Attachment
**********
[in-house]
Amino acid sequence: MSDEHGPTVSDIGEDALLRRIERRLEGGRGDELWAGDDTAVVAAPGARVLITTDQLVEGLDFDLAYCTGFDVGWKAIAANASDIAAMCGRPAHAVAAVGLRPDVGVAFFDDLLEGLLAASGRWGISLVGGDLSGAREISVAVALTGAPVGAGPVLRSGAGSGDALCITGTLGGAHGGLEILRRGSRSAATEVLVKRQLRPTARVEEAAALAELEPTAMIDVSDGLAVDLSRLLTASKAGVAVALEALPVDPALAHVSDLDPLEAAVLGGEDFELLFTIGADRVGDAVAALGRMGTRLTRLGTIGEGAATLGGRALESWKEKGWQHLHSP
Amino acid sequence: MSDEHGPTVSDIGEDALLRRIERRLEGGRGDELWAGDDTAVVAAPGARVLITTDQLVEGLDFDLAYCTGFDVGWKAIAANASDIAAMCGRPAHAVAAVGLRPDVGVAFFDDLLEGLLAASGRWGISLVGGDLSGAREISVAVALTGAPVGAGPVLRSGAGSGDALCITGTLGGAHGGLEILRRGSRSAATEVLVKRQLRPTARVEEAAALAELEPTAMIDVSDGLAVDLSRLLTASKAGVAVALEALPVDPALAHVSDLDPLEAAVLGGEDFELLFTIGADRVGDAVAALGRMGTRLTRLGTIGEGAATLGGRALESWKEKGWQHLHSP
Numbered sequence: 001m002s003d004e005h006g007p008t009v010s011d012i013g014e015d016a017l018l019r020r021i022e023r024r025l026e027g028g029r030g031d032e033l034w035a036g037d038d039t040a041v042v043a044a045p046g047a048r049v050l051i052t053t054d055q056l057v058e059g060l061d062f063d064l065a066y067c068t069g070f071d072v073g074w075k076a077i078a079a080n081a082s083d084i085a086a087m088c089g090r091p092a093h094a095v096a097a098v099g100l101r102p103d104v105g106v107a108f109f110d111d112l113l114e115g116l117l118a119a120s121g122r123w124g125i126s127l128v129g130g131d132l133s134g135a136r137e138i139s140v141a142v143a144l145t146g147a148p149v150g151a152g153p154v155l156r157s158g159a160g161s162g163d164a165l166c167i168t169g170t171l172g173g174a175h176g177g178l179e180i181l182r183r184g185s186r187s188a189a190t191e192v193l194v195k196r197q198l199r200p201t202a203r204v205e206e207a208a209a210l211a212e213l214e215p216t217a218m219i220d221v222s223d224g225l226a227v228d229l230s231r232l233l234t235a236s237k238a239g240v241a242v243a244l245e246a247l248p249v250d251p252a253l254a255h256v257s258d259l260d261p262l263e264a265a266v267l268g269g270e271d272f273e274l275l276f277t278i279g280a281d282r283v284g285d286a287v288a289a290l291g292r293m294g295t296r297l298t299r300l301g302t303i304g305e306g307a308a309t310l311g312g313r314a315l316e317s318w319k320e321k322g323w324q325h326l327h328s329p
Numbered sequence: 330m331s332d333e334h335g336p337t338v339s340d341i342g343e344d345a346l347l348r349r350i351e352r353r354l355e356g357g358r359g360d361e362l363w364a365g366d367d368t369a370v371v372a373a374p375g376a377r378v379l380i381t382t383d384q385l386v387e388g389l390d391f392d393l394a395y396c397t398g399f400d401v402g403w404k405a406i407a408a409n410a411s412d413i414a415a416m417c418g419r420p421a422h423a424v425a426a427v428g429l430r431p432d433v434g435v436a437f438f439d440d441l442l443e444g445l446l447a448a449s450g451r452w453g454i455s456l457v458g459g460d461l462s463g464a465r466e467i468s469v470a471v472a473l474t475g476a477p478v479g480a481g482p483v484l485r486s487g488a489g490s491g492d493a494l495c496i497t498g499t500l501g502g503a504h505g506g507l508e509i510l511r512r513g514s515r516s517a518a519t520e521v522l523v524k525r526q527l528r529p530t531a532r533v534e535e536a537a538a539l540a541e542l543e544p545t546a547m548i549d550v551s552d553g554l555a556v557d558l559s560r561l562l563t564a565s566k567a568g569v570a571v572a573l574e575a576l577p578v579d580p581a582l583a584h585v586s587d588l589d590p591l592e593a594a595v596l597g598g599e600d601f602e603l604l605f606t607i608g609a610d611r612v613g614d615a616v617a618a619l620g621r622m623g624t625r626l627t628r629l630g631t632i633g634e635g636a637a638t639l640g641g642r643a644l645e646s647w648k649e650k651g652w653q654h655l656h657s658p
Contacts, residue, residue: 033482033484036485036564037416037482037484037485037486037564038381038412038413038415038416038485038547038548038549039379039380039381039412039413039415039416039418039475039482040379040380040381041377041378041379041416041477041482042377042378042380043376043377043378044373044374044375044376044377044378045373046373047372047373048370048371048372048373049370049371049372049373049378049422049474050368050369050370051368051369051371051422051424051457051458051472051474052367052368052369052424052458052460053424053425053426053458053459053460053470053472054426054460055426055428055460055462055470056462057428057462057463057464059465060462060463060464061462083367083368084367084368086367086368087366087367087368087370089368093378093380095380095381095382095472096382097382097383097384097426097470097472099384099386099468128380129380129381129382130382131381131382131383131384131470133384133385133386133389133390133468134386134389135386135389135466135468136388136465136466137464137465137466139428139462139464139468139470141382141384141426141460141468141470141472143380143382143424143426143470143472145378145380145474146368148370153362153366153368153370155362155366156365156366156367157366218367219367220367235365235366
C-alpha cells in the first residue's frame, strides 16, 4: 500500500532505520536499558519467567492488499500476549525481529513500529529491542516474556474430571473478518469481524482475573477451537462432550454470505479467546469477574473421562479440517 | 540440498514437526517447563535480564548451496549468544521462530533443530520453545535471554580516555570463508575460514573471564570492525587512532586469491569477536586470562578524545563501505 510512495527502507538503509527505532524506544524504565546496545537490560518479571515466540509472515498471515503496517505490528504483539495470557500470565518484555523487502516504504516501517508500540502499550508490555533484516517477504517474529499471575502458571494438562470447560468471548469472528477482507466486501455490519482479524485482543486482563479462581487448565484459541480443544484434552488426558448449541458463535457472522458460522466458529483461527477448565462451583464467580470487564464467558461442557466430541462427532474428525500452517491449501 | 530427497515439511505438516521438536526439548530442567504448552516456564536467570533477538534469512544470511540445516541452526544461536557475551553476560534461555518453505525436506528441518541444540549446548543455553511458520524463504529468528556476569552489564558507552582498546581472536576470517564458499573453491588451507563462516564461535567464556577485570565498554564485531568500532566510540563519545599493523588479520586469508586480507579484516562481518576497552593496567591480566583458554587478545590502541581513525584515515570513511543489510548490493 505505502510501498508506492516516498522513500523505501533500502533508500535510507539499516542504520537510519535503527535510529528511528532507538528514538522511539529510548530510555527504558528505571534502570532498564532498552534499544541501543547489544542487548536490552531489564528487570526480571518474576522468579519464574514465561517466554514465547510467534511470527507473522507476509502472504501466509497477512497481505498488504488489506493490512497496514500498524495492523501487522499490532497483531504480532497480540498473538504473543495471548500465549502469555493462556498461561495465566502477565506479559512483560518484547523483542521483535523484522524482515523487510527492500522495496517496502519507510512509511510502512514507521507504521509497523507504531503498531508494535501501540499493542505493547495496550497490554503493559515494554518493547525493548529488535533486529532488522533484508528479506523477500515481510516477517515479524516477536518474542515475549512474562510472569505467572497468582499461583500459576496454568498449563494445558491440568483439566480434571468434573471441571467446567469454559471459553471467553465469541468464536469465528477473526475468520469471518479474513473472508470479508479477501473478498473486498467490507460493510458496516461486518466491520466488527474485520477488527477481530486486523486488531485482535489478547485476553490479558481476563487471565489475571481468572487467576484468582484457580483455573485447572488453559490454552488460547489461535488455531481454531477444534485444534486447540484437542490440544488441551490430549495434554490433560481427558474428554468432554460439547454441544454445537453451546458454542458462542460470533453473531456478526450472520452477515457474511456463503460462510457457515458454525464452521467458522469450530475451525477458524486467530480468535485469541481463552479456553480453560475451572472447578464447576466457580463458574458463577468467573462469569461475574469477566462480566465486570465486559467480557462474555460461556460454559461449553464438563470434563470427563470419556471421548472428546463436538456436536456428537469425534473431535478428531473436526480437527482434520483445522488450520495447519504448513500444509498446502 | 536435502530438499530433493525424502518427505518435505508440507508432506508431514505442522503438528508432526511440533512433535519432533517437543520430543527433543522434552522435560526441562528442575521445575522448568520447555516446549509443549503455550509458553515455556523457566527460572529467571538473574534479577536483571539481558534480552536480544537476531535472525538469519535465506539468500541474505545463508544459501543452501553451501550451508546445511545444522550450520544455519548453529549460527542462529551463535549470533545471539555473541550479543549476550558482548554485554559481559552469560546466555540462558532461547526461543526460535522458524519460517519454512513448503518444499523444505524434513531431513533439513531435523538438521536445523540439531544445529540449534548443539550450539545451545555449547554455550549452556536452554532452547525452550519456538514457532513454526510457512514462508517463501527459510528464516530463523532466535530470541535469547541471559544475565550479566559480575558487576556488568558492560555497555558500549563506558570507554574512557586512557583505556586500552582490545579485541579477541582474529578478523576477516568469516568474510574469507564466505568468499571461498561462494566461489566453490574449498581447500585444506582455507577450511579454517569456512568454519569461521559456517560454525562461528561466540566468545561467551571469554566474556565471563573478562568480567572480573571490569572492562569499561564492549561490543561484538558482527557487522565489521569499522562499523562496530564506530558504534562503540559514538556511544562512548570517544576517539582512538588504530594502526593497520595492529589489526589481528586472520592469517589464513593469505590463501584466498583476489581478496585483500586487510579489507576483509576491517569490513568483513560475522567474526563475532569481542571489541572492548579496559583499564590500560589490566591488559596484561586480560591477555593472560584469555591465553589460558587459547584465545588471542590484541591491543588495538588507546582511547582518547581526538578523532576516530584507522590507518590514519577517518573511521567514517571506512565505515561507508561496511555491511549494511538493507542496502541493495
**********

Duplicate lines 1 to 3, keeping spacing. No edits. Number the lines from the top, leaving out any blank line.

[in-house]
Amino acid sequence: MSDEHGPTVSDIGEDALLRRIERRLEGGRGDELWAGDDTAVVAAPGARVLITTDQLVEGLDFDLAYCTGFDVGWKAIAANASDIAAMCGRPAHAVAAVGLRPDVGVAFFDDLLEGLLAASGRWGISLVGGDLSGAREISVAVALTGAPVGAGPVLRSGAGSGDALCITGTLGGAHGGLEILRRGSRSAATEVLVKRQLRPTARVEEAAALAELEPTAMIDVSDGLAVDLSRLLTASKAGVAVALEALPVDPALAHVSDLDPLEAAVLGGEDFELLFTIGADRVGDAVAALGRMGTRLTRLGTIGEGAATLGGRALESWKEKGWQHLHSP
Amino acid sequence: MSDEHGPTVSDIGEDALLRRIERRLEGGRGDELWAGDDTAVVAAPGARVLITTDQLVEGLDFDLAYCTGFDVGWKAIAANASDIAAMCGRPAHAVAAVGLRPDVGVAFFDDLLEGLLAASGRWGISLVGGDLSGAREISVAVALTGAPVGAGPVLRSGAGSGDALCITGTLGGAHGGLEILRRGSRSAATEVLVKRQLRPTARVEEAAALAELEPTAMIDVSDGLAVDLSRLLTASKAGVAVALEALPVDPALAHVSDLDPLEAAVLGGEDFELLFTIGADRVGDAVAALGRMGTRLTRLGTIGEGAATLGGRALESWKEKGWQHLHSP